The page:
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And my relevant question is: are you also contributing to an unnecessary polarisation of debate?

Having spent the last two years attending a church with a pronounced Reformed theology—and helping to teach their doctrine course—I think I can reasonably protest that I have done more than might have been expected of me to promote constructive dialogue between the historical and theological perspectives.

However, the question came up last night whether I thought the two positions can be reconciled. I don’t honestly think they can be. Yes, we could perhaps attempt to salvage the transformative gospel—I certainly still believe that people must undergo a radical transformation, change of allegiance, etc., when they are incorporated into the people of God. But at the level of worldview, conceptual framework, epistemology, hermeneutics, etc., modern theologies and narrative-historical approaches are fundamentally incompatible. For that reason I think the theological mindset needs to decrease and the historical mindset increase.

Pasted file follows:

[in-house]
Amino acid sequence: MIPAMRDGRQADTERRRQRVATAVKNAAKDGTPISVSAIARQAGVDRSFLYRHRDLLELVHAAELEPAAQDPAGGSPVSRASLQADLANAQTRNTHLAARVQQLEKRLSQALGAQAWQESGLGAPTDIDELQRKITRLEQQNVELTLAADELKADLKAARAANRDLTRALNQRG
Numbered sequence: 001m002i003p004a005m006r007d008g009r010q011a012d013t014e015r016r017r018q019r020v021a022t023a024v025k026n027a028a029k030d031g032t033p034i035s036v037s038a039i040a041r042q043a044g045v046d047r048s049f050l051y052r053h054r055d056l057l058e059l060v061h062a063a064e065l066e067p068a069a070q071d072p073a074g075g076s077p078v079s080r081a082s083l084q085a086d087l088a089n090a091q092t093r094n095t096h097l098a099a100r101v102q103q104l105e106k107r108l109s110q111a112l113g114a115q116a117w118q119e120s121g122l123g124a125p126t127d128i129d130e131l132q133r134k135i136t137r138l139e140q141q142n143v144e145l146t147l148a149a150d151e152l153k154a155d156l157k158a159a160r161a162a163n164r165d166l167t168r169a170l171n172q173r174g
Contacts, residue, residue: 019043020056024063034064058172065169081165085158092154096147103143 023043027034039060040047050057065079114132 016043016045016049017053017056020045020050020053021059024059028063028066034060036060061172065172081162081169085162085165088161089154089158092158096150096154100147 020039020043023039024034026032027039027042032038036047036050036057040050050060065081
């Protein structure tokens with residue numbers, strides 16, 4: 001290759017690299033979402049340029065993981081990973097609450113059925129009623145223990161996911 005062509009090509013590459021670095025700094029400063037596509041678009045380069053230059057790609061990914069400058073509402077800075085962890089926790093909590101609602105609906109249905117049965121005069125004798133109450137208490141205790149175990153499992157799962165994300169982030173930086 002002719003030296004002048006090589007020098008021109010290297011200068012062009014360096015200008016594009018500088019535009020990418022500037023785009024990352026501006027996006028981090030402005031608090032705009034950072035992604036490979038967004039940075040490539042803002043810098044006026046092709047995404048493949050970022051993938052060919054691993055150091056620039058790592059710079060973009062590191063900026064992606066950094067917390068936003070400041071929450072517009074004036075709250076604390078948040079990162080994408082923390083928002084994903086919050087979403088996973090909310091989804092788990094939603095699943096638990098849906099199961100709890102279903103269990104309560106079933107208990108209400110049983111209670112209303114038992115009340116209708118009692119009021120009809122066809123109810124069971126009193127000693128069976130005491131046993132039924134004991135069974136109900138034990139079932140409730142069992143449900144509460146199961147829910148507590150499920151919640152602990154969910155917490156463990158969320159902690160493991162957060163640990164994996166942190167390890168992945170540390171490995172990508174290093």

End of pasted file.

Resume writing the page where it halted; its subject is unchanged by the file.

That is not to say that we have no need for theological reflection on scripture. I have said before that I think the rigorous historical reading of the New Testament ought to provide the springboard for a new post-Christendom, post-modern theologizing, which I think will be essentially prophetic rather than rationalistic.

And, yes, Peter, you should read my book on Romans, and you should start your own blog.

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